Sympathy, Snow and a Robin

Recently, in the lead up to Christmas, I travelled from Australia to the UK to attend the funeral of a close family member. I had been working through a natural sense of physical loss prior to my trip, and so I was feeling a gentle sense of acceptance within myself as I undertook the long journey north to celebrate the passing of this person’s life.

Travel protocols and security require us at several stages of air travel to declare our reasons for travel, and we often converse with fellow travellers and share our reasons for making such a long trip.

When I shared that I was attending a funeral, the first and immediate response from people was to connect deeply with themselves and with me. However, what I began to notice is that after a short while, this turned into sympathy, expressing how they felt sorry for me. This began to sever the connection we had established at the start and it was immediately evident how this emotion separated us.

For example, one remarkably consistent comment was, “Well, at least it might snow for Christmas.” Another person also added, “…and you may get to see a robin.”

What I began to observe was that these responses came in after I did not go into sympathy myself or follow suit by feeling sorry for myself.

An incongruity arose because I was not holding myself as a victim of this circumstance, a natural part of life, but felt that it was simply this person’s time to pass on. I surely mourned the loss of the specific relationship we had and the loss of the physical presence of the deceased: this too felt like a natural, ‘clean’ expression of loss.

However, I had no need of drawing pity from others, or of wanting to make myself a focal point of attention by having others feel sorry for me.

I was at peace with the passing of my relative and I found the imagery of the snow and the robin to be a strange non sequitur to the conversation, and what had initially felt like a heartfelt connection seemed to turn into more of a mental conversation of sharing happy thoughts.

The image of a snow-covered landscape with a red-breasted robin was one I had seen on many Christmas cards throughout my childhood in the UK. The anticipation of it snowing on Christmas Day is a huge part of the lead in to Christmas; snow is romantically idealised as being the feature that makes the perfect Christmas.

These pictures have been consistently shared through the postal system since Victorian times so this idealistic picture comes with close to 200 years of romance attached to it. That is a lot of energy when one considers the amount of mental aspiration, wishes and fantasies that would have accompanied this image during that time, all validated, confirmed, embellished and contributed to by literally millions (or billions) of people.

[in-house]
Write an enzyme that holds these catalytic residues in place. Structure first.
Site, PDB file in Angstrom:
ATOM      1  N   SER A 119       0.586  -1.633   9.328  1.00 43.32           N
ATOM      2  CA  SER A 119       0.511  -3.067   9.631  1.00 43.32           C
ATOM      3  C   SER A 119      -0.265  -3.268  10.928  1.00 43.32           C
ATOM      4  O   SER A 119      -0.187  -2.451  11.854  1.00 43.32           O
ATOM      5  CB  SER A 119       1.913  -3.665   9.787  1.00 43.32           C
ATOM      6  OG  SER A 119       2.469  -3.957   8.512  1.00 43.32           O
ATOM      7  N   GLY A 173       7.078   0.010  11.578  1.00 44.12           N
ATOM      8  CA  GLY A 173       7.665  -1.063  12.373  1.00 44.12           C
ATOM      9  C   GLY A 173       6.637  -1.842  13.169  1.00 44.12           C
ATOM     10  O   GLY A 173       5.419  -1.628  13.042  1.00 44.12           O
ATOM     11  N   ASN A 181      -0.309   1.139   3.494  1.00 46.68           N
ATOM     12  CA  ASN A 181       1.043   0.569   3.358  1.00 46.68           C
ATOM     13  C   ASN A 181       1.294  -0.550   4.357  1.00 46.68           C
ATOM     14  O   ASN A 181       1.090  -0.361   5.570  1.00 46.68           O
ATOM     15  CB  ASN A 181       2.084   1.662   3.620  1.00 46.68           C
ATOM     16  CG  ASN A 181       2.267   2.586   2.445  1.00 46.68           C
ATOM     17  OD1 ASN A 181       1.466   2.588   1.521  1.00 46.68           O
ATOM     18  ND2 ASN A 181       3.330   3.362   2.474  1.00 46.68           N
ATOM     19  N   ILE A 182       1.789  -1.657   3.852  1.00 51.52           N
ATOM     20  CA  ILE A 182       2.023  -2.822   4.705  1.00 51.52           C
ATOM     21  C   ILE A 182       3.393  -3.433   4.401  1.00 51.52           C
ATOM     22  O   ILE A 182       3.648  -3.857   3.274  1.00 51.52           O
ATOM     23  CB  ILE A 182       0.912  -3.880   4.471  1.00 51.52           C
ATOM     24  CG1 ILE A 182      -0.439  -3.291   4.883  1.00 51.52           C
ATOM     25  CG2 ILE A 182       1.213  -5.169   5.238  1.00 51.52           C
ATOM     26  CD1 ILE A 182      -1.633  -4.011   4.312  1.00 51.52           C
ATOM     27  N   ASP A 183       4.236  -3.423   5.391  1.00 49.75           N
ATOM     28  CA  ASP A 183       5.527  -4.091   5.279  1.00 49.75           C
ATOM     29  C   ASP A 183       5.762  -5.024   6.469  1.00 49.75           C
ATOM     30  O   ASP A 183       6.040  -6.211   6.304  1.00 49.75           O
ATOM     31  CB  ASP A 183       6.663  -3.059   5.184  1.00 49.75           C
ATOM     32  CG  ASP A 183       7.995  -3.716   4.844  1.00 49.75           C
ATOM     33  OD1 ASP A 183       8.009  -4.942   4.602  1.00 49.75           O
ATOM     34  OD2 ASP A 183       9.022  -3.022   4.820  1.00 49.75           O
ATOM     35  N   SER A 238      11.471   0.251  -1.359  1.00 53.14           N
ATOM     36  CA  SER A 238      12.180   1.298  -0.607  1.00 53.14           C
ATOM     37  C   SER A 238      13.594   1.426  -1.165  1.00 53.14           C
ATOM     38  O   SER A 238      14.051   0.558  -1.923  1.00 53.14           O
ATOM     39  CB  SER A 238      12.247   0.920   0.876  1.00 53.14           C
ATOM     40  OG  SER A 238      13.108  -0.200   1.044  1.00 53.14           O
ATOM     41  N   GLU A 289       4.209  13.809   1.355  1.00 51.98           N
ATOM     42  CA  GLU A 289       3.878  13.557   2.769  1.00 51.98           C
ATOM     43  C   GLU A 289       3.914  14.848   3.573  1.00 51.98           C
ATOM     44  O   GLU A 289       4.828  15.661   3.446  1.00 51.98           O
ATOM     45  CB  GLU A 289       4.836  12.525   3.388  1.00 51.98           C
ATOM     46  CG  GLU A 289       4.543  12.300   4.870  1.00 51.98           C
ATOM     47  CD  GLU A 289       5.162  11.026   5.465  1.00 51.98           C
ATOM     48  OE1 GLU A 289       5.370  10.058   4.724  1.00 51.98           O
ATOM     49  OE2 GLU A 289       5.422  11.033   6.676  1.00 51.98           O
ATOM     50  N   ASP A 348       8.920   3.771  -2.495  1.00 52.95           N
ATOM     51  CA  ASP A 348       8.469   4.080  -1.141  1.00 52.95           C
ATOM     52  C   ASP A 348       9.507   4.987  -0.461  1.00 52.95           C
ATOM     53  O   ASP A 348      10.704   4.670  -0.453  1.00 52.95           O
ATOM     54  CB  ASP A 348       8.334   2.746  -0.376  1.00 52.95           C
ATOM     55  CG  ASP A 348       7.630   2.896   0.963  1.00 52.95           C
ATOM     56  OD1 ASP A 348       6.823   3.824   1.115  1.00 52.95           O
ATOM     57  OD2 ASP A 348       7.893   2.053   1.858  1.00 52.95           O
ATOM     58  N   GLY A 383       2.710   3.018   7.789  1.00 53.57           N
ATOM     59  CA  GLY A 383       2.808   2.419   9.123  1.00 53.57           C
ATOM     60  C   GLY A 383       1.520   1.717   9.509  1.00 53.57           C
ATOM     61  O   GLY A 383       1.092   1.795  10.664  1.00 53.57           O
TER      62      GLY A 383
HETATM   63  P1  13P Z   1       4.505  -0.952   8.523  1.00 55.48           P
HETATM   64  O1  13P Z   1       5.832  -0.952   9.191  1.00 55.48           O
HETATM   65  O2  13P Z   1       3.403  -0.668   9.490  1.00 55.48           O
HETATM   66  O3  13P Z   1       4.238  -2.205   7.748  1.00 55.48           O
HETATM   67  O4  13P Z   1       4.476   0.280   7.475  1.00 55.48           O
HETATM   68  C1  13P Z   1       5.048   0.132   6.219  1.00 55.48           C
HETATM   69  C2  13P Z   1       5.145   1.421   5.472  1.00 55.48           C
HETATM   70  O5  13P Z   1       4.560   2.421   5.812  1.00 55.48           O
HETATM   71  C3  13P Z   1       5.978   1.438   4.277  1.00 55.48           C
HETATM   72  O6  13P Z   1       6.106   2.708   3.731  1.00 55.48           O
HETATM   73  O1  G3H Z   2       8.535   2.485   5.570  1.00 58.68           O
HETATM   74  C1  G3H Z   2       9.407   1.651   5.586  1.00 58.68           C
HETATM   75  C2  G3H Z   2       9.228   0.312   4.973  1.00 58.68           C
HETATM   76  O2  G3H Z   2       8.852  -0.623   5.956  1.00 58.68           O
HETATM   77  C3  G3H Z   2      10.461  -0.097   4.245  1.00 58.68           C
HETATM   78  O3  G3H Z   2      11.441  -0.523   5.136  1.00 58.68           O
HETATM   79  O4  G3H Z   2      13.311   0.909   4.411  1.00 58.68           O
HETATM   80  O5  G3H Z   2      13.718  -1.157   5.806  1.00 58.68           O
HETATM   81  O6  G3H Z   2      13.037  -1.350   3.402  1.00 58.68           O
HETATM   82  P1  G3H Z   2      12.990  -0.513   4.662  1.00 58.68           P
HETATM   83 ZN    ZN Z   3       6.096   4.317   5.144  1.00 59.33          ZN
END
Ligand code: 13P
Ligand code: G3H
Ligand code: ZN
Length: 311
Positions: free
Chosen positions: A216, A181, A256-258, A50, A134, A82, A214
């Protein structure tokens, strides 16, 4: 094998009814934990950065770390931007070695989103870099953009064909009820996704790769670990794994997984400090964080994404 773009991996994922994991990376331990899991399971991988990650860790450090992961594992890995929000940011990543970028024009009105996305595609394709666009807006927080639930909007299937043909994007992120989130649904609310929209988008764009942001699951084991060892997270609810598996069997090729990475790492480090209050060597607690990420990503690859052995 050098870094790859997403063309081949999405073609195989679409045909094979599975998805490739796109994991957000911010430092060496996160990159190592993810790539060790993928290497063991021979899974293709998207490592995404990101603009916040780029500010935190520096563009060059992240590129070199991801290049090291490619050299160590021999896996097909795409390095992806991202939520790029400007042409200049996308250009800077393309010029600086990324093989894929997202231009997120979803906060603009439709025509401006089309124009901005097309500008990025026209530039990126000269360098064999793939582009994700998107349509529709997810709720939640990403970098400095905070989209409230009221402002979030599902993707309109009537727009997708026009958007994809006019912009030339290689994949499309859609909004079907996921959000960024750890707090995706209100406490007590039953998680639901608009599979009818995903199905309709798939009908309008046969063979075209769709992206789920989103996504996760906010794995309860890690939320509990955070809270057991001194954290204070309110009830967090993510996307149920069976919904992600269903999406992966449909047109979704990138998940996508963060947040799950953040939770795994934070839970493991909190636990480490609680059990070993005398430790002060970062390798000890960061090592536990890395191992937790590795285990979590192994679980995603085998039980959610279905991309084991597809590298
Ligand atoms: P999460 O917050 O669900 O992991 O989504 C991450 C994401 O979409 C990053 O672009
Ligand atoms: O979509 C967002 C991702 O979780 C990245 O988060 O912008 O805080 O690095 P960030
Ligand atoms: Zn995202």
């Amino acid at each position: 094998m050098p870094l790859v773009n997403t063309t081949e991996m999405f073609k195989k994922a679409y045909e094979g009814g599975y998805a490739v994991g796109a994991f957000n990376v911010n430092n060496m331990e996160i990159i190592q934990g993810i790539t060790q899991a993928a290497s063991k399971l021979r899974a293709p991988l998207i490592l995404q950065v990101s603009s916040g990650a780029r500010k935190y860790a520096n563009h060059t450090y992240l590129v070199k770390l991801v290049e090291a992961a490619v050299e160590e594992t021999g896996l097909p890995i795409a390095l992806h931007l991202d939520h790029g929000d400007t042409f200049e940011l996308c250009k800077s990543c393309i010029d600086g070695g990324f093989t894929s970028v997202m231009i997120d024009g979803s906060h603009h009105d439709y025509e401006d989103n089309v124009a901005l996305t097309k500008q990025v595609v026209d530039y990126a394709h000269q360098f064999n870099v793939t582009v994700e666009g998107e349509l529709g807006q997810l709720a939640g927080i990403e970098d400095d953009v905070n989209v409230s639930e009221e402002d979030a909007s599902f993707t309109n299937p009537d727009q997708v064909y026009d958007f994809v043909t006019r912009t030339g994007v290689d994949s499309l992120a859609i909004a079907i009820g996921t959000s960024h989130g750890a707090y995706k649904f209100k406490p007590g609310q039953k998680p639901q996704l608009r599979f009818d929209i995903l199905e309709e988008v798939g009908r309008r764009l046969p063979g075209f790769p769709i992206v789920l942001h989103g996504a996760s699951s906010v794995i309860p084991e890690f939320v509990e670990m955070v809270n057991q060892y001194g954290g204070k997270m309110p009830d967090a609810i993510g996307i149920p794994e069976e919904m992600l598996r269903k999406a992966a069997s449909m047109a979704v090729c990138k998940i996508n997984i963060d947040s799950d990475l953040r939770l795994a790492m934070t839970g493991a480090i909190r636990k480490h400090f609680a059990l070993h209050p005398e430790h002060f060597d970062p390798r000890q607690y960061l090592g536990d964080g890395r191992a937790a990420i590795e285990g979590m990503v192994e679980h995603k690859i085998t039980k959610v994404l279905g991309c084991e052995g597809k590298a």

What I began to feel in this situation was that this potent imagery, as well as the socially expected and endorsed response of sympathy, were overriding the initial opportunity to connect and to share an event that touches all of us.

From this situation I understood two very significant factors:

  • Initially there is an attempt to connect with another on the subject of passing on or death. However, if either person is not open to receiving love, there is a very distinct turning away from the initial impulse to connect through Love, and then sympathy follows superfast on the tail of this turning away. I could sense it was anticipated that I would feel bereft and abandoned and that life at that point had become futile. However, my actual feelings were that it was the right time for this person to pass on (not pass away, pass on), that they had been sick for some time and that this was the next part of an ongoing cycle for them. I felt that holding them in love was truly supportive of them, my family and myself. Going into sympathy would have made this love appear ‘wrong,’ so I was left with the conclusion that sympathy is what we ‘do’ in the avoidance of this Love.
  • We often seem to have a tendency to use ideals and images, to distract ourselves in potentially emotionally charged situations like this one, to give us something to aspire to for the future – to give us a future. This takes us out of the present moment and the opportunity to connect, and into our minds.

I was touched that ‘strangers’ should want to connect with me. However, I also saw clearly that, perhaps collectively, we use sympathy and mental energy – ideals and pictures with great longevity – to distract us from the truth of a situation.